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National capacity strengthening within the context of an international vector control partnership: Findings from a qualitative study conducted within the Ugandan ‘Tiny Targets’ programme.

Aggrey, Siya, Pulford, Justin ORCID:, Bahungirehe, JB and Hope, Andrew (2024) 'National capacity strengthening within the context of an international vector control partnership: Findings from a qualitative study conducted within the Ugandan ‘Tiny Targets’ programme.'. BMJ Public Health, Vol 2, Issue 1.

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Introduction: The Ugandan Tiny Target programme is an example of an international vector control partnership that held specific capacity-strengthening objectives in support of a disease elimination goal. Drawing on this experience, we sought to derive transferable lessons that may inform capacity strengthening approaches within other partnership-based vector control programmes.

Methods: A longitudinal qualitative study encompassing semi-structured interviews conducted with Ugandan partners working on the Tiny Target programme. Data analysis was informed by a general inductive approach.

Results: Capacity strengthening priorities evolved over time initially focusing on the immediate capacities needed to perform roles and responsibilities assigned within the partnership then shifting towards more advanced, transferable knowledge and skills. A distinction between operational and systemic priorities was observed: the former necessary to support successful programme implementation whereas the latter reflected fundamental limitations or complexities within the Ugandan context that were bypassed by including an international partner. Systemic priorities were fewer in number than their operational counterparts, although substantially harder to resolve. The largest apparent threat to the long-term sustainability of reported capacity gains was their concentration within a small number of individuals.

Conclusion: Our study highlights three key lessons that may inform the design of national capacity strengthening activities conducted within the context of international vector control partnerships, including: 1) Multiple approaches to strengthen capacity are needed and that can adapt to changing capacity strengthening priorities over time; 2) Balancing operational and systemic capacity strengthening priorities, the latter becoming increasingly important within longer-term partnerships; and 3) Partnership members in focal country/ies should be supported to actively facilitate transfer of newly acquired knowledge and skills to relevant colleagues/communities outside of the partnership. The generic nature of these recommendations suggest they are likely to be of benefit to many and diverse international partnerships within the wider global health space.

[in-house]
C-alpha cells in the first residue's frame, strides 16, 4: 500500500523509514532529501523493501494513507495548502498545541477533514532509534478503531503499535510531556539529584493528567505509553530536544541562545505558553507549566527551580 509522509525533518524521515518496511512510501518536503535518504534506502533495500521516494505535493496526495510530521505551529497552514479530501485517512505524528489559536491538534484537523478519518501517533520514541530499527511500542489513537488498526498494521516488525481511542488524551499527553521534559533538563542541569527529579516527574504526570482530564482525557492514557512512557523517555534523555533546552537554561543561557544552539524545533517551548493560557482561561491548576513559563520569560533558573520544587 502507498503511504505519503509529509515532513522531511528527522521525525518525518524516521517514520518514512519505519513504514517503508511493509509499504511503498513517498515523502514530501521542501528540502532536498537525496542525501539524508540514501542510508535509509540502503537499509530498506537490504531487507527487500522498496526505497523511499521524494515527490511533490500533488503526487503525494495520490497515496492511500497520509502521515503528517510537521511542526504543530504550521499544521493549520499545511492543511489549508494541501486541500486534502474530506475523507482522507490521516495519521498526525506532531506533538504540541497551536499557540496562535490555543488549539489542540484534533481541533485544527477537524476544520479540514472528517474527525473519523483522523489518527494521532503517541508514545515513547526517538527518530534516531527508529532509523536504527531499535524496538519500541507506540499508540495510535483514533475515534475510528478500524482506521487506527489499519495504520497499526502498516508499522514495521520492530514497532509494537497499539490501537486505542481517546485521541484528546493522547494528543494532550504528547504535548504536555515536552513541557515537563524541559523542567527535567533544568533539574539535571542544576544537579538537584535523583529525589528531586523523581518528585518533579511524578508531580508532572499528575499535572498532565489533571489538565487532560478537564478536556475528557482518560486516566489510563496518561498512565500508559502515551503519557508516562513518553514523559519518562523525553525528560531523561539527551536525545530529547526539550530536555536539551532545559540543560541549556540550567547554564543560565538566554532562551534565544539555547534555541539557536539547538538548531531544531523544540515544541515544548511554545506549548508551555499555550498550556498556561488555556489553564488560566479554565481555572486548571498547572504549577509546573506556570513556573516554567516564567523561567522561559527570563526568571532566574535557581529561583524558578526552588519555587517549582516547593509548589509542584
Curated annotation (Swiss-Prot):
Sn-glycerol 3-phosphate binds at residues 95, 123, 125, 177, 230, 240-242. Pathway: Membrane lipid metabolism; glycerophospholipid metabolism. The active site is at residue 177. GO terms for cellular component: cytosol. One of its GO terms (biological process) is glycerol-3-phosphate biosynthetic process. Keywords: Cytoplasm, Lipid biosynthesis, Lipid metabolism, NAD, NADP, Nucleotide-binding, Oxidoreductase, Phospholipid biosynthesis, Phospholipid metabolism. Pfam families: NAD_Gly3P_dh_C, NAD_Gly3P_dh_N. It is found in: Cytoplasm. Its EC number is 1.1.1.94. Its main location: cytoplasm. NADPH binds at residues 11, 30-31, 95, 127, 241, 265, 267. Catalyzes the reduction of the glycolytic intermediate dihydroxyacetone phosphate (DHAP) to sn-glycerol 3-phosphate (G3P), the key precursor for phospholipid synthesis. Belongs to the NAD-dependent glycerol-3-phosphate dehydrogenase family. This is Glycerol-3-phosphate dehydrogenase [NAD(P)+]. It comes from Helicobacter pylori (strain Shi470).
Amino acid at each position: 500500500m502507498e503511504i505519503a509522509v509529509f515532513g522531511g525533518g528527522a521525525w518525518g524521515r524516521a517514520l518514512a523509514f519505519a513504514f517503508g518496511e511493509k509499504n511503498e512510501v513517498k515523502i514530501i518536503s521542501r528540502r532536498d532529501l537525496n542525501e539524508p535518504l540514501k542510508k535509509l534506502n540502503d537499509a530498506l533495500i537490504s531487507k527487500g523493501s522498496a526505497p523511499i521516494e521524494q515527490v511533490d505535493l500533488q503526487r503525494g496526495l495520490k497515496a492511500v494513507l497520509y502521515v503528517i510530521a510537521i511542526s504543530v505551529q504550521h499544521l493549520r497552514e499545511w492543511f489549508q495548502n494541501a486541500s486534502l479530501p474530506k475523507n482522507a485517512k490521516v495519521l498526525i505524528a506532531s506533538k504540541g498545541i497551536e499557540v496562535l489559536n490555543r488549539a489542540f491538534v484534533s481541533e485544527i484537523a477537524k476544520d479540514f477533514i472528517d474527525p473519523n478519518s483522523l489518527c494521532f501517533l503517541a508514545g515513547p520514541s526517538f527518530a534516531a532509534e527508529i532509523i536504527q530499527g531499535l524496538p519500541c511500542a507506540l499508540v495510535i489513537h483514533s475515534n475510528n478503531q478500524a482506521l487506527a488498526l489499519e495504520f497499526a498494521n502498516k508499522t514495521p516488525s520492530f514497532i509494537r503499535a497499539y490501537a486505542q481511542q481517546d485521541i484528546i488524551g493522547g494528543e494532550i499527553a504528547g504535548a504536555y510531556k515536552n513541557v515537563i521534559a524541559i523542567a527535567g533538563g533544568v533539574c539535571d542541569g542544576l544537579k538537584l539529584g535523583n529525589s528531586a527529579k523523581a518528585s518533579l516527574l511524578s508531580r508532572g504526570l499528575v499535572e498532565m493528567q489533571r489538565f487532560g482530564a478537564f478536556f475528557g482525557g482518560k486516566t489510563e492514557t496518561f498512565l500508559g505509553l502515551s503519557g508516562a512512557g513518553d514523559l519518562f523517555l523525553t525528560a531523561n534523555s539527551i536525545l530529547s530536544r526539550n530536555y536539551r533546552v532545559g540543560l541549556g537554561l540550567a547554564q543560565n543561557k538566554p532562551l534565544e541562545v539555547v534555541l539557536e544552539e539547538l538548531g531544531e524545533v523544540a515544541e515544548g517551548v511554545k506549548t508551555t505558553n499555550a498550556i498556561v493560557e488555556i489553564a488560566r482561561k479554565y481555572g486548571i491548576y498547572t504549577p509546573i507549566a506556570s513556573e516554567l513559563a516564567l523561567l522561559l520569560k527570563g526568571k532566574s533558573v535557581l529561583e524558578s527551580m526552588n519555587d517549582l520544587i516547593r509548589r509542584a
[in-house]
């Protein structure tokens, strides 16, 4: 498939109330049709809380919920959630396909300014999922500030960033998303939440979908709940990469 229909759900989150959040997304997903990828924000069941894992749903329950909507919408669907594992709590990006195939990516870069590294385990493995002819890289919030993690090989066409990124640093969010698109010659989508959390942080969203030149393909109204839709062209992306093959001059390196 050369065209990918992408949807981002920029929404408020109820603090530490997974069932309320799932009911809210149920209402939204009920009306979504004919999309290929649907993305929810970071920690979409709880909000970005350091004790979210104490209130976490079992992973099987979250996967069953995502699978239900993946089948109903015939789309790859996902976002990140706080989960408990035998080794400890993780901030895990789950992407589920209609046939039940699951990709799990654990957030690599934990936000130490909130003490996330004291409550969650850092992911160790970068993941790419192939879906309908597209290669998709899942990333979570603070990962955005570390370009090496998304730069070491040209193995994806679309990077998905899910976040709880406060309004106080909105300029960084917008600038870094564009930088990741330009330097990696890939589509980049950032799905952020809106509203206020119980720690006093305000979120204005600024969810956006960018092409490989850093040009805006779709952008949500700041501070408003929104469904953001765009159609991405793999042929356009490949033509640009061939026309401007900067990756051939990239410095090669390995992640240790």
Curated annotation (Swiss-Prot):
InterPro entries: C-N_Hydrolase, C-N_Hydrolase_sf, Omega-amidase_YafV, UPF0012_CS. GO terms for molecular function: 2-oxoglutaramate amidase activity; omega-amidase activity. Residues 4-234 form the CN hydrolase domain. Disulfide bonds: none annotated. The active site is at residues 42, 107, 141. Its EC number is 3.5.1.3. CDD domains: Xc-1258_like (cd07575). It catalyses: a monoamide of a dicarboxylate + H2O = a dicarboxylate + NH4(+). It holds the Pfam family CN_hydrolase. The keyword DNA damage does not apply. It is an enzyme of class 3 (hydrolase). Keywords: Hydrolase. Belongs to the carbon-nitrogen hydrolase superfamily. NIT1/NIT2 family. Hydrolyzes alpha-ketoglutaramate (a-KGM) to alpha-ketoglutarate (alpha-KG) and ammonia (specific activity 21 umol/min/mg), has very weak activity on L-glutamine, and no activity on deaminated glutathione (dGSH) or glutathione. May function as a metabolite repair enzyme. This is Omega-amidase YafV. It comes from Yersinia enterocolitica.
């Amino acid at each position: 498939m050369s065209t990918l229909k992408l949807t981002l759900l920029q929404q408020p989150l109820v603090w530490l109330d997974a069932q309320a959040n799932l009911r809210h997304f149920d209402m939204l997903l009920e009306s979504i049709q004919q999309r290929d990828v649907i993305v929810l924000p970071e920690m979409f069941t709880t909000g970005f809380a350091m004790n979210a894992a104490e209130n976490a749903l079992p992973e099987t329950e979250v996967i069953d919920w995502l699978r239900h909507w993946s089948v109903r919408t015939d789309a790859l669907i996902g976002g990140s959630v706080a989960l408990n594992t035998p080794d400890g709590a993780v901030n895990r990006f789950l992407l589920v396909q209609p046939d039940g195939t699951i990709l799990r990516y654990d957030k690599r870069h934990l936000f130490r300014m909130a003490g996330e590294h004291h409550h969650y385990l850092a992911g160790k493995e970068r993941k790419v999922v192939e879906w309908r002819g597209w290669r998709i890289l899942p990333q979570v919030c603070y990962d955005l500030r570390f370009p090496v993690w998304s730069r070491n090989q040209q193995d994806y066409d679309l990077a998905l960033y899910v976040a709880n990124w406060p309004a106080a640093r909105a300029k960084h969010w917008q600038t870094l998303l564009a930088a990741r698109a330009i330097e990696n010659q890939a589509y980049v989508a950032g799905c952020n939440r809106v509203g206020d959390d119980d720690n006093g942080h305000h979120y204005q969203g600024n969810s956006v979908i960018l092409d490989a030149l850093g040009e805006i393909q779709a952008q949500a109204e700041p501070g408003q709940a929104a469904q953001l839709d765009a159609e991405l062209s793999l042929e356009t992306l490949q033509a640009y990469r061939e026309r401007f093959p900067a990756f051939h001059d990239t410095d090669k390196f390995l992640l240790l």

What is already known on this topic
• Strengthening vector control capacity is a foundation of the World Health Organization’s global vector control response, 2017-2030.
• International vector control partnerships are one means by which vector control capabilities can be strengthened in less well capacitated countries. However, there are few research-derived accounts of how capacity strengthening opportunities can be optimised within the context of such partnerships.
What this study adds
• We provide pragmatic, research-derived recommendations for designing and implementing capacity strengthening activities within international vector control partnerships.
How this study might affect research, practice or policy
• International vector control partnerships, as well as bodies that fund such partnerships, can draw on these recommendations to inform more impactful capacity strengthening practice. As the recommendations are relatively generic in nature, they are also likely to be of value to a broad range of partnerships working in the global health space.

Item Type: Article
Subjects: QX Parasitology > Insects. Other Parasites > QX 505 Diptera
QX Parasitology > Insects. Other Parasites > QX 600 Insect control. Tick control
QX Parasitology > Insects. Other Parasites > QX 650 Insect vectors
WA Public Health > Health Administration and Organization > WA 530 International health administration
Faculty: Department: Biological Sciences > Vector Biology Department
Clinical Sciences & International Health > International Public Health Department
Digital Object Identifer (DOI):
Depositing User: Rachel Dominguez
Date Deposited: 02 May 2024 13:42
Last Modified: 02 May 2024 13:42


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